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Tracking impacts of climate change in the Arctic marine ecosystems through cephalopod diversity and life histories
Funder: European CommissionProject code: 101065960 Call for proposal: HORIZON-MSCA-2021-PF-01
Funded under: HE | HORIZON-TMA-MSCA-PF-EF\HORIZON-AG-UN Funder Contribution: 173,847 EUR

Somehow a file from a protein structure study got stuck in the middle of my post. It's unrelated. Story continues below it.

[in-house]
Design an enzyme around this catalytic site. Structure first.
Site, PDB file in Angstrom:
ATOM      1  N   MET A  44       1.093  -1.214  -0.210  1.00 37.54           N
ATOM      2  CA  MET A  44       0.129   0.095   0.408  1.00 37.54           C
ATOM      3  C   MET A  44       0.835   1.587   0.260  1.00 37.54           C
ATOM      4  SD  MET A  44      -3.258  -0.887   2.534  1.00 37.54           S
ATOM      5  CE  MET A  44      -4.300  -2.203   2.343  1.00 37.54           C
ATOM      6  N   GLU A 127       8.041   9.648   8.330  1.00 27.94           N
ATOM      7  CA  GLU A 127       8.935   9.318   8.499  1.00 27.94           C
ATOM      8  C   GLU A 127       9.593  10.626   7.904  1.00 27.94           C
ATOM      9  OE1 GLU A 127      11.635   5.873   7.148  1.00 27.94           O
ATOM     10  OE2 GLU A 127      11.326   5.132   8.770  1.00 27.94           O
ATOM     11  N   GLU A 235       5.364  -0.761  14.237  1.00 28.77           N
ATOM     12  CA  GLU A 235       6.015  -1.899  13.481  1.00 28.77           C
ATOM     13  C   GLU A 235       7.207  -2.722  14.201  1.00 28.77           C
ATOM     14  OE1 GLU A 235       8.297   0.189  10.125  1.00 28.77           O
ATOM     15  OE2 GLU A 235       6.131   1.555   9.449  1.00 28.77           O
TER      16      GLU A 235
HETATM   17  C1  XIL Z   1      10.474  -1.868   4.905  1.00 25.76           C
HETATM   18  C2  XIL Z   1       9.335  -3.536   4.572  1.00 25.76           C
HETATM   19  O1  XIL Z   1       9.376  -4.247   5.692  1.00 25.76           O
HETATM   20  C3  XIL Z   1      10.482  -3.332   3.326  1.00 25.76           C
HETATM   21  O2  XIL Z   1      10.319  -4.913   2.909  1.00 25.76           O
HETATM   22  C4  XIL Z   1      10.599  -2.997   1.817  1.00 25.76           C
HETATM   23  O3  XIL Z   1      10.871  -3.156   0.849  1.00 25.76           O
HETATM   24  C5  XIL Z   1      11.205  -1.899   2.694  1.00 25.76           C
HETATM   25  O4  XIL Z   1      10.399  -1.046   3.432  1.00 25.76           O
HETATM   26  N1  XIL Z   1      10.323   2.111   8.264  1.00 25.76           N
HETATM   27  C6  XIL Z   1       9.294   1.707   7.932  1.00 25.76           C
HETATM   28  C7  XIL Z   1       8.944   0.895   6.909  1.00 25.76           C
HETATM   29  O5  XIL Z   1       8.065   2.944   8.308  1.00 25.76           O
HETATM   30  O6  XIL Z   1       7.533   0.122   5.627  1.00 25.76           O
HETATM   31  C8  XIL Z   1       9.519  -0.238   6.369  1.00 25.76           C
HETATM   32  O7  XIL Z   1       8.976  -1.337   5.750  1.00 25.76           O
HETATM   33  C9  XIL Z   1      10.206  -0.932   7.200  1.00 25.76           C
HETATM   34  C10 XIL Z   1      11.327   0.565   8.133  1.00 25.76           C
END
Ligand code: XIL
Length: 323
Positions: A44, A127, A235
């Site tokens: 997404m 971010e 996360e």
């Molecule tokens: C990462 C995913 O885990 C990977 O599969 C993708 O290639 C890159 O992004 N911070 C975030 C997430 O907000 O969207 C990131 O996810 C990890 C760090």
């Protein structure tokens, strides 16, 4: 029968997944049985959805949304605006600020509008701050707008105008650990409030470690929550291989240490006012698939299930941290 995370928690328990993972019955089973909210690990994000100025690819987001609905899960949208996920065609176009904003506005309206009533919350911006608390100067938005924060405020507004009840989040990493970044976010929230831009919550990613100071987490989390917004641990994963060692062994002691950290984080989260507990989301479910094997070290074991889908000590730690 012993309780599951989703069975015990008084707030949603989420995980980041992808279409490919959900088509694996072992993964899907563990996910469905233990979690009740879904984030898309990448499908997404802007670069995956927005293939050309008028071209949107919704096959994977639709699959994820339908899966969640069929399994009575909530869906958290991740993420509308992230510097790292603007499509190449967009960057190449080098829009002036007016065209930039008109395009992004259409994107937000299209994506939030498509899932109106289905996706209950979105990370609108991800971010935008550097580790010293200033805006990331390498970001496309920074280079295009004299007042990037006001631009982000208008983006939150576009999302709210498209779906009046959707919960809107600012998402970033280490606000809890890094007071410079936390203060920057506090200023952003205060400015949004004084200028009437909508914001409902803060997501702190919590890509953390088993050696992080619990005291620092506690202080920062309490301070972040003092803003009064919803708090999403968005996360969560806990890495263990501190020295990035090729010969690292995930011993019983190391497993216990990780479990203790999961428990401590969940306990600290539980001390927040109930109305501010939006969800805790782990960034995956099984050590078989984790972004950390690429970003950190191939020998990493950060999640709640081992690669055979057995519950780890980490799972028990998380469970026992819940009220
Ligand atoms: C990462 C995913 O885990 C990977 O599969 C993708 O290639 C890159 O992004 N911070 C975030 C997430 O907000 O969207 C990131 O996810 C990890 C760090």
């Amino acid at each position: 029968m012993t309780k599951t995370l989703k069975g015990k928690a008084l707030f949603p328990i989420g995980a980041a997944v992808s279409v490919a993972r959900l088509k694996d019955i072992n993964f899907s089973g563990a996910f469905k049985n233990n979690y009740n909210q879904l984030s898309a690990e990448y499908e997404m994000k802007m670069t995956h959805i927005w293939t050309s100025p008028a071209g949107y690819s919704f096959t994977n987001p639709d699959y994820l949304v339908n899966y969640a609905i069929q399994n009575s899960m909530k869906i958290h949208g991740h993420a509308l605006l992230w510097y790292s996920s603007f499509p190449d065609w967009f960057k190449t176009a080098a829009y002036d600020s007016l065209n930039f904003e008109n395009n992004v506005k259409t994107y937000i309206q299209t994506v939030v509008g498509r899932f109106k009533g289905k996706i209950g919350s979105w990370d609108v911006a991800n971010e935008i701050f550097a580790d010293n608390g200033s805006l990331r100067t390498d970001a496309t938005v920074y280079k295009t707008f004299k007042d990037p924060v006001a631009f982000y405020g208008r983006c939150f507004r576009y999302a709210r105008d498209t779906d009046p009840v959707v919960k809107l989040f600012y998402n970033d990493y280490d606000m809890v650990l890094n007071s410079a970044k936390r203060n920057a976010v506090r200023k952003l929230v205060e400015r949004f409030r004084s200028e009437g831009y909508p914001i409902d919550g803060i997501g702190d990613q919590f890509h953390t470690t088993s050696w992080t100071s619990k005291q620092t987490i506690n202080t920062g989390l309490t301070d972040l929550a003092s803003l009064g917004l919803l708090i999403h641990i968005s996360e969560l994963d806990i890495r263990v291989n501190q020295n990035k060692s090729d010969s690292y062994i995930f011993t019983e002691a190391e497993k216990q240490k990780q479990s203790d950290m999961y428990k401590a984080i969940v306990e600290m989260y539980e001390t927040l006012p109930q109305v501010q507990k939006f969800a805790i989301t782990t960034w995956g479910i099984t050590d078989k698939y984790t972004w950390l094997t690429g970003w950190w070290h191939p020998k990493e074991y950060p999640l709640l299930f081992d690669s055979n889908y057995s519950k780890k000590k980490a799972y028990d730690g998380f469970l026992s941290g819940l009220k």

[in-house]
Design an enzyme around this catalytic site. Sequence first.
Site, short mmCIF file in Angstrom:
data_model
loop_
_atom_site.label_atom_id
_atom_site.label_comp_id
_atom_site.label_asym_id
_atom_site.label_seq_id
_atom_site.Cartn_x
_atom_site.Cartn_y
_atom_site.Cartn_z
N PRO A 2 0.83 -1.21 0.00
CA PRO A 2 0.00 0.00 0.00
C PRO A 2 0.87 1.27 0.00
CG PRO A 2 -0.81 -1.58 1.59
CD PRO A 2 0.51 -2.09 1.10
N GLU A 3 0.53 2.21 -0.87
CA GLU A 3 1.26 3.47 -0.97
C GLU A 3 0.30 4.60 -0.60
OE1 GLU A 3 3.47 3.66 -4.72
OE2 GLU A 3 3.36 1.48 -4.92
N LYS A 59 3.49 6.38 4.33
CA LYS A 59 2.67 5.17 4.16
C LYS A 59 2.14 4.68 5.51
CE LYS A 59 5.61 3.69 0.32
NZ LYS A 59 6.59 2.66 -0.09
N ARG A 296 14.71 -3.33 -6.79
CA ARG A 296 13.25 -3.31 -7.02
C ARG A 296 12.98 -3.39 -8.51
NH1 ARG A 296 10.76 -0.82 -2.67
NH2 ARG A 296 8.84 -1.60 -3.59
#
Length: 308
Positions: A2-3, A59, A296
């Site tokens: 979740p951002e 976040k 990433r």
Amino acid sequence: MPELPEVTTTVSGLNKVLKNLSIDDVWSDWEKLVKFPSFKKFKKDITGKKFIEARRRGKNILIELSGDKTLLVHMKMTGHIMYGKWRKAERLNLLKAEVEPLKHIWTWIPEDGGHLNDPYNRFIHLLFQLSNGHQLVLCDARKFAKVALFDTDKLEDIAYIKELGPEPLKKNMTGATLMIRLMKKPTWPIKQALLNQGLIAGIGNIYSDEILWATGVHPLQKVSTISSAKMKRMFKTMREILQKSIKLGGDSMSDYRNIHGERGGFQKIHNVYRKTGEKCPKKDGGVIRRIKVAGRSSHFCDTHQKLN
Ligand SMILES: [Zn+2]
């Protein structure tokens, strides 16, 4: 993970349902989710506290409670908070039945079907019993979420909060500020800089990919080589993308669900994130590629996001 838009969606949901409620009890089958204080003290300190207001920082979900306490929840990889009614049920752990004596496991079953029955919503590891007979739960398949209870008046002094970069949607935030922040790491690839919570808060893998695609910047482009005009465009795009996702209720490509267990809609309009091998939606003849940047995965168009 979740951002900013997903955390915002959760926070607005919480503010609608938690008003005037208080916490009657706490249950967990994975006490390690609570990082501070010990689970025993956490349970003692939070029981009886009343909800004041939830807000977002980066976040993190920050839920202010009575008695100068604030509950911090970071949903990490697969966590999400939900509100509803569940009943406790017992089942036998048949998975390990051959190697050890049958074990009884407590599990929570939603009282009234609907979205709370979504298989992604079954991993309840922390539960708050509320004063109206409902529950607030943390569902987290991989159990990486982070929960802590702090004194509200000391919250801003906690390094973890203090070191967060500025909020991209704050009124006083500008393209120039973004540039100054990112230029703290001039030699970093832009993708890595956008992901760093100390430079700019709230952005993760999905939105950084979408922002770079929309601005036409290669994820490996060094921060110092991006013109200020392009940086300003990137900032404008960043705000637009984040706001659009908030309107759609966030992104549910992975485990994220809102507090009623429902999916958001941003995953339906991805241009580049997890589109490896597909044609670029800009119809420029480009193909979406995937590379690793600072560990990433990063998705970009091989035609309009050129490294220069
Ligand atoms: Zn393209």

Climate change is impacting global ecosystems, especially in the polar areas of the Earth. Countering climate change effects is stated as one of the key goals of both global development, in the 2030 Agenda for Sustainable Development, and of regional development, e.g. EU strategy of managing the Arctic. Cephalopoda (Phylum Mollusca) are pivotal components in marine food webs and have life history and physiological characteristics that make them potential winners of climate change. This group, due to their ecology and biology features, such as high abundance coupled with low taxonomic diversity, high degree of opportunism, ecological adaptability, single reproductive cycle and typically a short lifespan, cab ve used to assess and predict climate change-induced shifts of Arctic ecosystems. Thus, the main objective of the Action is to assess biodiversity, life histories and ecological role of cephalopods in the Arctic and their ontogenetic and temporary changes using both well-established and innovative methodologies, in the climate change context. The project addresses this matter via 3 scientific work packages that focus on the following research hypotheses: Hypothesis 1) diversity and distribution of current Arctic cephalopod populations shifts due to climate changes; Hypothesis 2) environmental conditions experienced during the life of individual cephalopods can be documented and used to assess the climate change impact on life histories, where comparing historical with new specimens will highlight climate change impact; and Hypothesis 3) the role of cephalopods in the Arctic food web is even more pivotal then we currently understand, and this would be tested with innovative food web modelling methods. The results achieved will increase the quality of ecological monitoring in the Arctic, leading to more rational management of the Arctic marine ecosystems in order to possibly counter climate change impact.

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